WHEN POLITICAL CONSULTANT ED ROLLINS answered the door at his home in Alexandria, Va., last week, it was the pizza delivery boy. In the box was an ad that prompted Rollins to do something he hadn’t done in a week of virtual seclusion: he laughed. “He said, ‘Look, it’s not all over,’ ” Rollins’s wife, Sherrie, recalls.” ‘They’re looking for drivers and they’ll pay $14 an hour.’ ”
On second thought, though, the pizza people might decide Edward J. Rollins, 50, is a bit too reckless to put on the road. After all, it took him just minutes earlier this month to transform himself from Republican party hero to political pariah with a few ill-considered remarks. Explaining to reporters at a breakfast meeting in Washington how he had engineered a remarkable come-from-behind victory for Republican Christine Todd Whitman—making her the first woman governor of New Jersey—Rollins said the campaign had handed out 1500,000 in “walking-around money” to black ministers. “We went into the black churches and basically said to the ministers…’Do you have a special project? We see you have already endorsed [Democratic Gov. Jim] Florio. That’s fine. But don’t get up in the Sunday pulpit…and say it is your moral obligation to vote Jim Florio.’ ”
No sooner had the story broken than an angry Whitman—her narrow, 26,000-vote victory suddenly besmirched—vehemently denied any wrongdoing, and Rollins quickly issued a statement saying his comments were “an exaggeration that turned out to be inaccurate.” But last week a federal judge in Newark ruled that his remarks, “true or false,” were sufficient grounds for the court to look into the election, and Whitman announced that she would agree to a new vote if any irregularities were discovered.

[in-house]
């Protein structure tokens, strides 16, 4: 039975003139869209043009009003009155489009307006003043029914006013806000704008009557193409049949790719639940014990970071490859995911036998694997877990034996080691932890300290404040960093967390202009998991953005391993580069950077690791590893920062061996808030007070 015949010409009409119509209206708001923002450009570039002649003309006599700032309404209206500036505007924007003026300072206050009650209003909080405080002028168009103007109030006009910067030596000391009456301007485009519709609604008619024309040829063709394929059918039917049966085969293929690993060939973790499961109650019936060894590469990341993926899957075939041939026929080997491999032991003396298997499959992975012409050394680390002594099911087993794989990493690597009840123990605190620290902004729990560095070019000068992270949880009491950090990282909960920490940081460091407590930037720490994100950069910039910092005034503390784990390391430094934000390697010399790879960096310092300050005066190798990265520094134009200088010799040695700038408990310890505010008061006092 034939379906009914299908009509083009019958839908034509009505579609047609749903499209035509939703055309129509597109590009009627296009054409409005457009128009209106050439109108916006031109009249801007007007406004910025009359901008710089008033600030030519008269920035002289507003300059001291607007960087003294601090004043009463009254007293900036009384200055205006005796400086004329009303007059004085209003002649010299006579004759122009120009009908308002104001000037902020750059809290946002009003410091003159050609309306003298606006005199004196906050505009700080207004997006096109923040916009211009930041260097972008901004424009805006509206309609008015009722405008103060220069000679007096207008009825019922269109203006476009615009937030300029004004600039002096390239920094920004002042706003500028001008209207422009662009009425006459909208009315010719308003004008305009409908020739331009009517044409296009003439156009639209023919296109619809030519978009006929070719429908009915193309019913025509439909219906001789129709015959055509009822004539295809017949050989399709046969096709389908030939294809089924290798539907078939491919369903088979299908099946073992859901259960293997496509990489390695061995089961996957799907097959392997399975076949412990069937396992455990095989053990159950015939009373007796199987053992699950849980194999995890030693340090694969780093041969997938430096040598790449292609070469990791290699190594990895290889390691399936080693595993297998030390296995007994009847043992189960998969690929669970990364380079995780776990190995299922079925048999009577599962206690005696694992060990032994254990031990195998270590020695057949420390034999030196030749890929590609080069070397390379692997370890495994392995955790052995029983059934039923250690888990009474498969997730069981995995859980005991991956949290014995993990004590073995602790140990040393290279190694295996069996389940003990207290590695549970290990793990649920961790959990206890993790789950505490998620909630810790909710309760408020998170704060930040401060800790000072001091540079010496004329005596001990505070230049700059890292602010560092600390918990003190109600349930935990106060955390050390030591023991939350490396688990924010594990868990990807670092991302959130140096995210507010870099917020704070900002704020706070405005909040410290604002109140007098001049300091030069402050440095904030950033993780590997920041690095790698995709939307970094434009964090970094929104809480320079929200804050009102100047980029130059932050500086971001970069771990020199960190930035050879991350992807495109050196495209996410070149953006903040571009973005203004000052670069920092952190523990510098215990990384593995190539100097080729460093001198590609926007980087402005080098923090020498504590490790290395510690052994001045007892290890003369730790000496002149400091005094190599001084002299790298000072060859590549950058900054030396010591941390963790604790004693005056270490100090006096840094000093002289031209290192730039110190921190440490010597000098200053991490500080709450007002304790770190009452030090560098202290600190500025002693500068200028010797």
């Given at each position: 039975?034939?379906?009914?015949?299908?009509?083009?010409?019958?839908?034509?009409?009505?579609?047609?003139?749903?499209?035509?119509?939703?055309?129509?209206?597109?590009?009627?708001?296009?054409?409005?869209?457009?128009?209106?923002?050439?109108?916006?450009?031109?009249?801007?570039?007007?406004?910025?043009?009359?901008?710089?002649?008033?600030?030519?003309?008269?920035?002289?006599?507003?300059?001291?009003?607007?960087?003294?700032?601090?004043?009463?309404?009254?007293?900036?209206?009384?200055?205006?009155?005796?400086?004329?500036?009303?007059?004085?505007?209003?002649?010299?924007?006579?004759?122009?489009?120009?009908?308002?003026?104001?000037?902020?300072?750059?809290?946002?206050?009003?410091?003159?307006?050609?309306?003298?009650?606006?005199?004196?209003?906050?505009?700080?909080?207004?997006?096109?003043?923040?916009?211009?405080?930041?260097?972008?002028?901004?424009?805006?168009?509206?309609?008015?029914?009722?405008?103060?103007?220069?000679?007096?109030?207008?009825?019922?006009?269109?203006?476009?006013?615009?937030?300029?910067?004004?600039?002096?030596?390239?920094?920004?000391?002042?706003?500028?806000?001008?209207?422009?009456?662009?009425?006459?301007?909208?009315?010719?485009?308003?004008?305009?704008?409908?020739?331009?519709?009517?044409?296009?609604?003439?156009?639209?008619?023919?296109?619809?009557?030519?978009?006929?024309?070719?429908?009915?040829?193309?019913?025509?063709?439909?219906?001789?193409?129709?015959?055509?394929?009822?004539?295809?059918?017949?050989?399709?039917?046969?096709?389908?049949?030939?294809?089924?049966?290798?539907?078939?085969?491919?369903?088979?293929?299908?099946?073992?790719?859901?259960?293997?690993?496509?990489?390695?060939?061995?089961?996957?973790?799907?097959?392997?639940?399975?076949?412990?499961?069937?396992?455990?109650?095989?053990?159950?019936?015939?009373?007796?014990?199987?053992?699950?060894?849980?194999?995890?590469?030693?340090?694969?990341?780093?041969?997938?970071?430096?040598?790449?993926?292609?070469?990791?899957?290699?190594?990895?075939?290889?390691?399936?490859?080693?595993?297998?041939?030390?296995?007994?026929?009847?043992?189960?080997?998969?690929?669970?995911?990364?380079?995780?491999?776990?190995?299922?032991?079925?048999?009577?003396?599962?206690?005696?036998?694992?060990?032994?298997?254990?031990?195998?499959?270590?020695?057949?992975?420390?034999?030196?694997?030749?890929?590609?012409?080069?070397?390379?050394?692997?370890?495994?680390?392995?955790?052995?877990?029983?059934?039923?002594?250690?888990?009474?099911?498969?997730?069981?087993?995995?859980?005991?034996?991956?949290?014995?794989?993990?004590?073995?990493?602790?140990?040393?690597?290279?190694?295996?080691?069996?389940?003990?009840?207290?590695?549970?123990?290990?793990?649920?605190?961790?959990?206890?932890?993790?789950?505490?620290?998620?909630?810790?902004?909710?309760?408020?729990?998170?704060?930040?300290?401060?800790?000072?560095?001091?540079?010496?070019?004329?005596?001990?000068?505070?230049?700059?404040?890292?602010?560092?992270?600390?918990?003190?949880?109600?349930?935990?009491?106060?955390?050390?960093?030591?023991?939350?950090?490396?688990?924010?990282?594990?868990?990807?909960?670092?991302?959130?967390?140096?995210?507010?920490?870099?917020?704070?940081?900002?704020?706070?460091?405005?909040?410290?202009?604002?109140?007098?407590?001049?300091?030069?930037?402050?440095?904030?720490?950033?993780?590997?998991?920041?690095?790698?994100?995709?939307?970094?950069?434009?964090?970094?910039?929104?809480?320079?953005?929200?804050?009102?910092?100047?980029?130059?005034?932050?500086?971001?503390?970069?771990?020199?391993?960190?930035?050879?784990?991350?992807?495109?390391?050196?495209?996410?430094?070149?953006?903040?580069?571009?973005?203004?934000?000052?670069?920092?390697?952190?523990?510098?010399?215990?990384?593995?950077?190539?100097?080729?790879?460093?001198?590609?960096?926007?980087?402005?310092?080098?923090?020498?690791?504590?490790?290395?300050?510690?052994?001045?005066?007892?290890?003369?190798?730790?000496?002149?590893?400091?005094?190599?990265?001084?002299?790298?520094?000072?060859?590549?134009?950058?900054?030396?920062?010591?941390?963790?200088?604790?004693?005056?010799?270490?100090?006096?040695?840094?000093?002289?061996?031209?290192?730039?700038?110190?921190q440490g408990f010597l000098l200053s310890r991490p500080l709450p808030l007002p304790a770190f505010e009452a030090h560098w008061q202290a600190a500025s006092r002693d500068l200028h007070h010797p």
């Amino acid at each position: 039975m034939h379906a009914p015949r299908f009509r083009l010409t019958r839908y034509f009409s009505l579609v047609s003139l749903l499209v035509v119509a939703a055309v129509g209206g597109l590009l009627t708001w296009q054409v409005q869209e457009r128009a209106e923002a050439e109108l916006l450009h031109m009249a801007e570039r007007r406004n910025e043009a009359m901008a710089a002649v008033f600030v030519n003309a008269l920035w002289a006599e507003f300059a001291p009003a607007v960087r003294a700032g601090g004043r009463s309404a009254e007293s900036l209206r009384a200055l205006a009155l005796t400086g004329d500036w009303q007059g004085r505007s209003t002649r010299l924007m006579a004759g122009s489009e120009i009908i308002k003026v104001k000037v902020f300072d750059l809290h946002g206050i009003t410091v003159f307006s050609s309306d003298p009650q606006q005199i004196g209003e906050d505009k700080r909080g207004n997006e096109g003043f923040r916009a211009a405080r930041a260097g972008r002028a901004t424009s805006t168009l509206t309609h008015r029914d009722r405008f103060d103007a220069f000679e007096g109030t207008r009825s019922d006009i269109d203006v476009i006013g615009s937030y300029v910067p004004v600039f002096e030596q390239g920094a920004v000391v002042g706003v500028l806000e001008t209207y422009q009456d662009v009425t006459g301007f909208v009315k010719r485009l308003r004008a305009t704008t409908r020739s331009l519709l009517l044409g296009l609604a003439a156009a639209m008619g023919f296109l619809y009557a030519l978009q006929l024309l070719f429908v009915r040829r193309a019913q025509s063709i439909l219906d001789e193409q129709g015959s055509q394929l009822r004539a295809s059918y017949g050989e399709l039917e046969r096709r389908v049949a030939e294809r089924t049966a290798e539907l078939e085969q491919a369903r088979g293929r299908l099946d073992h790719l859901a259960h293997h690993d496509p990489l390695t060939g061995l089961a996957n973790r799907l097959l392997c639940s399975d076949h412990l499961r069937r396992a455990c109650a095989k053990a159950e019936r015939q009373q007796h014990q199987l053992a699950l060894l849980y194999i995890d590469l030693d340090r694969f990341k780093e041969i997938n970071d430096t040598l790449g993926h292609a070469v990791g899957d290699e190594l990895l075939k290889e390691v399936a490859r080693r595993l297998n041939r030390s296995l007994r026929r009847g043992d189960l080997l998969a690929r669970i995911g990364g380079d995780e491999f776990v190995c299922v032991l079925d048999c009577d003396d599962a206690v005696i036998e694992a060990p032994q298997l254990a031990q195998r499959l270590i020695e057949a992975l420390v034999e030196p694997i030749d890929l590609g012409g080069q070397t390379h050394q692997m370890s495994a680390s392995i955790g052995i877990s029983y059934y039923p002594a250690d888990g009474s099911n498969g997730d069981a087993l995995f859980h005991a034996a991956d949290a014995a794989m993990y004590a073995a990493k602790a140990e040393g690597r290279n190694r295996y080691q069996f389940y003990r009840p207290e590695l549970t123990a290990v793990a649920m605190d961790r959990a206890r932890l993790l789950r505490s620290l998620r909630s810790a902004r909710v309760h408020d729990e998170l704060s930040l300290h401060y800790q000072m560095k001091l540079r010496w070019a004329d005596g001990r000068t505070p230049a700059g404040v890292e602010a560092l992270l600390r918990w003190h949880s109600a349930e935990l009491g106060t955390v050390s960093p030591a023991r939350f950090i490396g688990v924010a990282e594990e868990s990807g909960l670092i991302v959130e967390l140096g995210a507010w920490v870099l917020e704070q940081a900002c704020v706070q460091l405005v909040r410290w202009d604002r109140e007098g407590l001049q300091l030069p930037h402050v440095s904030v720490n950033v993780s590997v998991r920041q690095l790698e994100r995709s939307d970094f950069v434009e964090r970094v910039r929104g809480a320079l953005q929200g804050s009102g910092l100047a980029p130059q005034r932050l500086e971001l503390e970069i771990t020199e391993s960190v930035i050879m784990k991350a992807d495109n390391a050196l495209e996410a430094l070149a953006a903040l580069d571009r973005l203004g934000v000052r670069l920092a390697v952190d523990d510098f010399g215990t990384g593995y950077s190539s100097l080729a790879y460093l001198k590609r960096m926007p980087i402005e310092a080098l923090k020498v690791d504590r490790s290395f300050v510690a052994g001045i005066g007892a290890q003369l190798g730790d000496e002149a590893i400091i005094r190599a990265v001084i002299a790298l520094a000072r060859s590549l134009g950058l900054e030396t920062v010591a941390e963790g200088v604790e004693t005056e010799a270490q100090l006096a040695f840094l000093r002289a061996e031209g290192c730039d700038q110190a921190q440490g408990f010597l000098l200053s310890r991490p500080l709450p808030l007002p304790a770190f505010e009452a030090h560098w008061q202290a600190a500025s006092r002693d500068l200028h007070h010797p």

Criticized by colleagues for publically airing what some consider the unspoken practice of payoffs and muzzled by his attorney, Rollins, who has a reputation for candor that is unusual in his profession, holed up in his house with Sherrie, 35, his wife of six years. “He feels awful about this furor he has created,” she says. “He did not intend to hurt anyone. He feels so badly for Christie. He did not want to taint her victory.”
But Sherrie also admits there is a sense of déjà vu about Rolling’s gaffe. He has a history of self-destructive episodes.
“He goes through this love-hate thing with politics,” she says. “He doesn’t want to play the game. Maybe unconsciously he wants out.” Some of his comments have hurt her career too. In 1992, for example, Rollins, who had masterminded Ronald Reagan’s 1984 landslide, infuriated Republicans by joining Ross Perot’s presidential campaign after deciding the two-party system needed to be shaken up. His defection made it almost impossible for Sherrie to continue her thriving career as a top assistant to George Bush. “I blew up my own career and my wife’s,” Rollins told PEOPLE after he quit Perot’s campaign in disgust just six weeks after he’d started. “I blew up our lives.”
The question now is whether he has blown them up again. Already he has lost his job as a commentator for Today. “This [latest episode] is difficult,” says Sherrie, now a vice president at U.S. News & World Report. But, she insists, “I would rather go through this with him than without him. It is so irritating to hear people say the marriage will never survive.”
The son of a shipyard worker, Rollins grew up in public housing in Vallejo, Calif., and first got involved in politics as a student at San Jose State. Since then he has managed numerous state and federal campaigns and worked in the Nixon and Ford administrations before becoming a top Reagan political adviser. Now his future in politics looks bleak. Sherrie says, half-jokingly, that he may buy the tavern he has been dreaming about all his life, a place where no one is allowed to discuss politics. “Ed said to me the other night, ‘I’ve spent 20 years making enemies. I want to spend the next 20 making friends,'” she says. “Maybe it’s time to buy the bar. Maybe this is a turn in the road for good.”
GARRY CLIFFORD in Washington